I read my husband this thread and he whimpered. You're young and have a wonderful opportunity. You likely won't be able to do this when you're 50 and tied to a job in order to survive. He traveled all the time on a 2-stoke 250 single and doesn't regret a second of it. If you're heading up after graduation and have the summer and time, forget the highway except when necessary and see what you can.

The quote above may make many laugh but it's not off mark. As my husband and I now ride two up on long distance, multi-week trips, packing has become a fun challenge in creative selection and has instilled the realization you don't need a fresh outfit every day (picture back seat, bungie net, and a 45-70mph air freshener) or gadgets. Limit the luggage (side bags, tail pack/bungie net, and ziplock bags if the luggage is not waterproof) and avoid the backpack. Your funds may not allow for optimal wide weather range gear but a good rainsuit (not one that will shred in high winds) will offer both protection in rain and wind blockage if it gets cold. "Training" with some longer trips before then is also an excellent plan.

Good tires and a pre-trip tune up is required since since a full-faired bike won't offer you a whole lot of MacGyver repair opportunities. Stop and see the people who have offered.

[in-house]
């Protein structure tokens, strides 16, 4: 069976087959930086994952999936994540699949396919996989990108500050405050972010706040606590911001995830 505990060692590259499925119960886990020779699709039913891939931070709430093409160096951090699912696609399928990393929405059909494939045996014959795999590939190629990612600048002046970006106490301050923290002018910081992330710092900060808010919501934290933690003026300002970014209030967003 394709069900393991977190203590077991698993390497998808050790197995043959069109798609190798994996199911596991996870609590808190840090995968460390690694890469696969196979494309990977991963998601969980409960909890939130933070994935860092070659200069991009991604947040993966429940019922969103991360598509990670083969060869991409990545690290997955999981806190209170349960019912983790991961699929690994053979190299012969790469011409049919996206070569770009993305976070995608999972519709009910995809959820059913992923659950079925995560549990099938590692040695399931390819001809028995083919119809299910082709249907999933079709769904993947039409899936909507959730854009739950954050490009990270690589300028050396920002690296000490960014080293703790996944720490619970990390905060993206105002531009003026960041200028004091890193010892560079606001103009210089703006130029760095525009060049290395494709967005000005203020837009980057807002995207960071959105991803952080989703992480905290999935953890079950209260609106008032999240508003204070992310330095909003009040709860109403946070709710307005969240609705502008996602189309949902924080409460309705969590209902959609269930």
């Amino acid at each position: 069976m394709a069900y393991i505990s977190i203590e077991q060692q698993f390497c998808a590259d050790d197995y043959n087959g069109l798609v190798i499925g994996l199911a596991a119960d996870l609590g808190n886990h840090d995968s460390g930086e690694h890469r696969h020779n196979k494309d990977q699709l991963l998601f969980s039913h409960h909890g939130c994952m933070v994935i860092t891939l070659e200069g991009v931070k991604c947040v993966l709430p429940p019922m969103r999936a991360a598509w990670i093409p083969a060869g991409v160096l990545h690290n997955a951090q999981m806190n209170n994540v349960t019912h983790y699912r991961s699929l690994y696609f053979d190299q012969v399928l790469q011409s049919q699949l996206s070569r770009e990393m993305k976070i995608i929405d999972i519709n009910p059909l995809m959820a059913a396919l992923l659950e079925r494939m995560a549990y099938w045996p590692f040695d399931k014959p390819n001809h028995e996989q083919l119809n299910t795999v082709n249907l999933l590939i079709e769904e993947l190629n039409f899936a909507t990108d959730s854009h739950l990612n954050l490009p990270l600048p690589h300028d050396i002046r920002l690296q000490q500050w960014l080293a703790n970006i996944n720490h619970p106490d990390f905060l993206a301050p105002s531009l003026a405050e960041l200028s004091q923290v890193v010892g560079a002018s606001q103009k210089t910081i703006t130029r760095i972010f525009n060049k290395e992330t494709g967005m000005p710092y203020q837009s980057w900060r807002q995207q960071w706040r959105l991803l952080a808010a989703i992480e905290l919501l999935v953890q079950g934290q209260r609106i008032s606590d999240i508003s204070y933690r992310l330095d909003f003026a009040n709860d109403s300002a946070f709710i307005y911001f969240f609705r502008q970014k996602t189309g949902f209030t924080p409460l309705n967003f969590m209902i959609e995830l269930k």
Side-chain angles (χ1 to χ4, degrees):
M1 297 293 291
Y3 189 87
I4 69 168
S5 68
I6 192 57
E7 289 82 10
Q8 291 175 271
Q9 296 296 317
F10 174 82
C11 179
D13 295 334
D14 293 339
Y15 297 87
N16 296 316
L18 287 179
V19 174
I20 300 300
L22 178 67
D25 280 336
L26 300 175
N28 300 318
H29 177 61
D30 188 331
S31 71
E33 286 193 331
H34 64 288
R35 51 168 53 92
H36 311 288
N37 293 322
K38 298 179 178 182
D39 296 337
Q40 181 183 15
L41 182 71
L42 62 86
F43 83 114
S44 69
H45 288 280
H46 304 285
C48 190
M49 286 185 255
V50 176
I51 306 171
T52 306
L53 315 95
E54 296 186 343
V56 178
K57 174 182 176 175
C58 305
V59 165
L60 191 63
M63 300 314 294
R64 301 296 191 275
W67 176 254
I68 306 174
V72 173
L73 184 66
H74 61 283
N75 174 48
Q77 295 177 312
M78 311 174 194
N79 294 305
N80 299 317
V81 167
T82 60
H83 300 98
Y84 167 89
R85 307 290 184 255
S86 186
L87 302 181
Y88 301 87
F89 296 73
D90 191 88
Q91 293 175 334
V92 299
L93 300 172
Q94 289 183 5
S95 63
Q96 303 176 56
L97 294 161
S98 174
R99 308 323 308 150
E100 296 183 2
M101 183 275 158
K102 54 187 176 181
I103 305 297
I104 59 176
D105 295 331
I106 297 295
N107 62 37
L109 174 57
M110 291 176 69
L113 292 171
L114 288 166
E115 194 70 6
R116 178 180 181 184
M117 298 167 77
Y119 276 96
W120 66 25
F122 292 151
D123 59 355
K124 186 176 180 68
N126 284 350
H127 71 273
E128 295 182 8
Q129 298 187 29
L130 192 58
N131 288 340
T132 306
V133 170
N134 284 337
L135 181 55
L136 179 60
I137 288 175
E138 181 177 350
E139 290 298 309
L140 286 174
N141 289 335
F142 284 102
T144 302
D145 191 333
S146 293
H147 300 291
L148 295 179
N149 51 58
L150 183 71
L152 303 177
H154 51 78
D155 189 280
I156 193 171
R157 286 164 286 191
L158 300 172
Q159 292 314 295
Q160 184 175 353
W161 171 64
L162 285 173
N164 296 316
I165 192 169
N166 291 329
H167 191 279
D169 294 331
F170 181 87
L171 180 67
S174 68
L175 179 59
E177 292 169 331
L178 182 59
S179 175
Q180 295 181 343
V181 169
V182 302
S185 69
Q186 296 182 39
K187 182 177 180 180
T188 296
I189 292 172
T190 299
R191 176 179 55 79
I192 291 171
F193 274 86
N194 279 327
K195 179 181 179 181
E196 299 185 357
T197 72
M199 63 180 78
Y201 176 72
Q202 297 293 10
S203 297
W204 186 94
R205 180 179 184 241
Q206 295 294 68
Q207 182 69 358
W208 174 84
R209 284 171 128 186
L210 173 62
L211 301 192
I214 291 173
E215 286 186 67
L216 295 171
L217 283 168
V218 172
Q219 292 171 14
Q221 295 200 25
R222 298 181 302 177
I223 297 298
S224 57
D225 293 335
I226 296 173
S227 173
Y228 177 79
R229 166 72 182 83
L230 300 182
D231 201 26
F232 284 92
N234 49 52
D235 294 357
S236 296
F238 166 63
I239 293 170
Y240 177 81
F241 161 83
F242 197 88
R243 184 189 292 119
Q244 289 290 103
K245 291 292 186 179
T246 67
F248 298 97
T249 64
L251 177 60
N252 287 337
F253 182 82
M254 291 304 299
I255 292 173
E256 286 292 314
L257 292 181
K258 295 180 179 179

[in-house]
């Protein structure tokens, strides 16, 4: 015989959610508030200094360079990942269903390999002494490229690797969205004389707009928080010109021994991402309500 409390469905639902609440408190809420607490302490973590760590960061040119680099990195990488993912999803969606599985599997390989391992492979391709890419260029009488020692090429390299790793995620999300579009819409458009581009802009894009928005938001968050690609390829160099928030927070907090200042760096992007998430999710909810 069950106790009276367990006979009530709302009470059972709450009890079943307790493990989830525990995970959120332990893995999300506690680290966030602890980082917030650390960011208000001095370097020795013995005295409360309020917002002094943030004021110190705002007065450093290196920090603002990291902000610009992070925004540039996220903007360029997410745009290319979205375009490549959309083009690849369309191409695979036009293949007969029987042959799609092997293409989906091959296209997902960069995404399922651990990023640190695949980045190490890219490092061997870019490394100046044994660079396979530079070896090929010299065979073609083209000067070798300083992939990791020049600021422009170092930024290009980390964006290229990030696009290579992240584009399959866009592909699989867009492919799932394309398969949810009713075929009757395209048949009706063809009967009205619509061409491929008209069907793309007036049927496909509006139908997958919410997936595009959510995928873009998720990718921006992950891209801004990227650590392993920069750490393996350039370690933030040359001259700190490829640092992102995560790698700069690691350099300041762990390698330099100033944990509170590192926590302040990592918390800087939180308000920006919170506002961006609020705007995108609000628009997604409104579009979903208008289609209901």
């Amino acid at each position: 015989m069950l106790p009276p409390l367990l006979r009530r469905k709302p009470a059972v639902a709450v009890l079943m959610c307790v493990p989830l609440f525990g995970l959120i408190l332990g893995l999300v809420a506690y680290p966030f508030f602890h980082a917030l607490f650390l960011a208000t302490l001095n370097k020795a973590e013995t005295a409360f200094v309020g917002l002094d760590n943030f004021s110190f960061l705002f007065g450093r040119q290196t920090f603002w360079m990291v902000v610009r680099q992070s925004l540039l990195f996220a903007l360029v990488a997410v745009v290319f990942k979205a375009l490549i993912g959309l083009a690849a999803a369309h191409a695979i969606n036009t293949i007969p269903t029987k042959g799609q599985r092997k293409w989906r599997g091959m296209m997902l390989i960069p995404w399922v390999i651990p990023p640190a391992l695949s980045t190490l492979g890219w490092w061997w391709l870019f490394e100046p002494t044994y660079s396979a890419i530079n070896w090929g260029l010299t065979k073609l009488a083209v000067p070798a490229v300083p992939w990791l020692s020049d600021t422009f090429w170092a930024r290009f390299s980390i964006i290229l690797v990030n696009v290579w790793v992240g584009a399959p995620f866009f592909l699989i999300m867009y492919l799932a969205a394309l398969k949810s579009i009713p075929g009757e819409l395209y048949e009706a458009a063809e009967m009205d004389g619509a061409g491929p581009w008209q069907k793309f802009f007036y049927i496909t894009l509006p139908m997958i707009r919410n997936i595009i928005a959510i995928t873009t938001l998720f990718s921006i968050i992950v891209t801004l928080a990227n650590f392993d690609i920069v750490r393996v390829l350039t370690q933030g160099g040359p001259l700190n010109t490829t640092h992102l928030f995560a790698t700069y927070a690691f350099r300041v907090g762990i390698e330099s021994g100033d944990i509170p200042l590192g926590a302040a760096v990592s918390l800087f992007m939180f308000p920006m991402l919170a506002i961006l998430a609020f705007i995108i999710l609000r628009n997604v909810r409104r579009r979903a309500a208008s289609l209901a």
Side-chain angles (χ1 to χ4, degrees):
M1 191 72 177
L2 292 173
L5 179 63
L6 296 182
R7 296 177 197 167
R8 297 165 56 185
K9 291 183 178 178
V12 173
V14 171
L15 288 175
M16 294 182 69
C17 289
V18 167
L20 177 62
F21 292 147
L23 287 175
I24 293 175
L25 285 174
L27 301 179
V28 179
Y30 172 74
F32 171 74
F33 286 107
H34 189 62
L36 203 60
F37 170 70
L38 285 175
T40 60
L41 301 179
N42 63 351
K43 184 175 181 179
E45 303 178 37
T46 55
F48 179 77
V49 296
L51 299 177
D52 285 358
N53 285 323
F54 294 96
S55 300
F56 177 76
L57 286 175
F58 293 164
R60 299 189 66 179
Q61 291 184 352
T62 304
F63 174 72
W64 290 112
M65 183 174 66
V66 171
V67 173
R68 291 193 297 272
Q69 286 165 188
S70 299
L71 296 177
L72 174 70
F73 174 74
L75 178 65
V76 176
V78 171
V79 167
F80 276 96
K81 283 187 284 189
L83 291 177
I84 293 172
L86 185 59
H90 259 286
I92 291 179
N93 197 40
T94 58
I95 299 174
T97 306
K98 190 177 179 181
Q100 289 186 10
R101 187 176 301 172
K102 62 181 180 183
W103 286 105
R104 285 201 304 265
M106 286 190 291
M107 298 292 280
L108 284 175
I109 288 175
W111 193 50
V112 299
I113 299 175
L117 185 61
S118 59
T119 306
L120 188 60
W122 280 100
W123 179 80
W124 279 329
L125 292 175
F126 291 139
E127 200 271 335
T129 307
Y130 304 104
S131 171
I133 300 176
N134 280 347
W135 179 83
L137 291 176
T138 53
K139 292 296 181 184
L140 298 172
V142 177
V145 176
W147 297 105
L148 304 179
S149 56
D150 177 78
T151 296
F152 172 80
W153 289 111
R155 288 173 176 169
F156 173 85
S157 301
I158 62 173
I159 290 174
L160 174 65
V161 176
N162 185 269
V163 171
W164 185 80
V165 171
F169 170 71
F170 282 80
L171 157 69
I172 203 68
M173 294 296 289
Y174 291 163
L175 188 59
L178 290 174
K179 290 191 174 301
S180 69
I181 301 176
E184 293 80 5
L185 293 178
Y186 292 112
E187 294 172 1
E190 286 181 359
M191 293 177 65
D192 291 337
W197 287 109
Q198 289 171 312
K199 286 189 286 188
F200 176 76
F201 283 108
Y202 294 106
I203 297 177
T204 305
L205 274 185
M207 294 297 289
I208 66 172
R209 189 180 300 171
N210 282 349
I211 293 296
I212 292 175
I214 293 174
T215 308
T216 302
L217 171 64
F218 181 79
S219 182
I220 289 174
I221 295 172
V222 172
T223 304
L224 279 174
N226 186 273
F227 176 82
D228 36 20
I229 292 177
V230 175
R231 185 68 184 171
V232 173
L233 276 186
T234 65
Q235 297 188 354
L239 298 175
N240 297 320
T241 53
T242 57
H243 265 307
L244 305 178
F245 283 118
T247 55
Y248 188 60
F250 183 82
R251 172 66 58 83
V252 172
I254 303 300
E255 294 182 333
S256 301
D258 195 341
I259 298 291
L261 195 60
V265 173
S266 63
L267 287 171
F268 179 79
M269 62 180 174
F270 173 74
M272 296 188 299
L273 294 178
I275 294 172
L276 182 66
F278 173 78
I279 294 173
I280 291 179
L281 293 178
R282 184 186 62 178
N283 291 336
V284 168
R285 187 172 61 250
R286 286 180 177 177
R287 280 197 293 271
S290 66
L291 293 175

Do it. Ride it. Get everything you can from it. Our best wishes for a fun and safe trip.
 

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Discussion Starter · #18 ·
Can the 250 handle the AlCan (sp?)? I've heard stories about that road. Maybe a cruise ship from Seattle to Alaska?
I want to take a ferry from Prince Rupert or maybe Washington, its SO **** expensive though(400+ for a person 450+ for the bike, and an optional 500 for a bed that I probably wouldn't get anyways). Hopefully I will have a nice job lined up before I head there so the $$$ figures won't deter me from doing this.

As for the shoulders, they were fine the next day, I'll prolly stop to stretch them a heck of a lot more next time. A couple of hundred mile trips are in store so I can definitely get a feel for it.

My concern has moved to mechanical problems because I have zero experience in fixing a bike. I was gone less than a month and went through "sitting" procedures and can't even get my bike to stay running now and its boggling my mind. Who knows what I'd do if something went wrong a couple thousand miles from home.

Also thank you to the people that are offering me places to stop by and company, if I get really serious about this I am considering setting up some sort of contact system so I don't get left in a ditch out in the middle of nowhere for a week before someone even realizes I'm missing heh.
 

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So lets see 4100 miles takes about 15 days of moderate rideing so you will need like two tshirts two pair of jeans and like 5 pair of underware, less if you turn them inside out.
Wow thats the secret to packing light. I am gonna have to remember this one for my next trip. ;)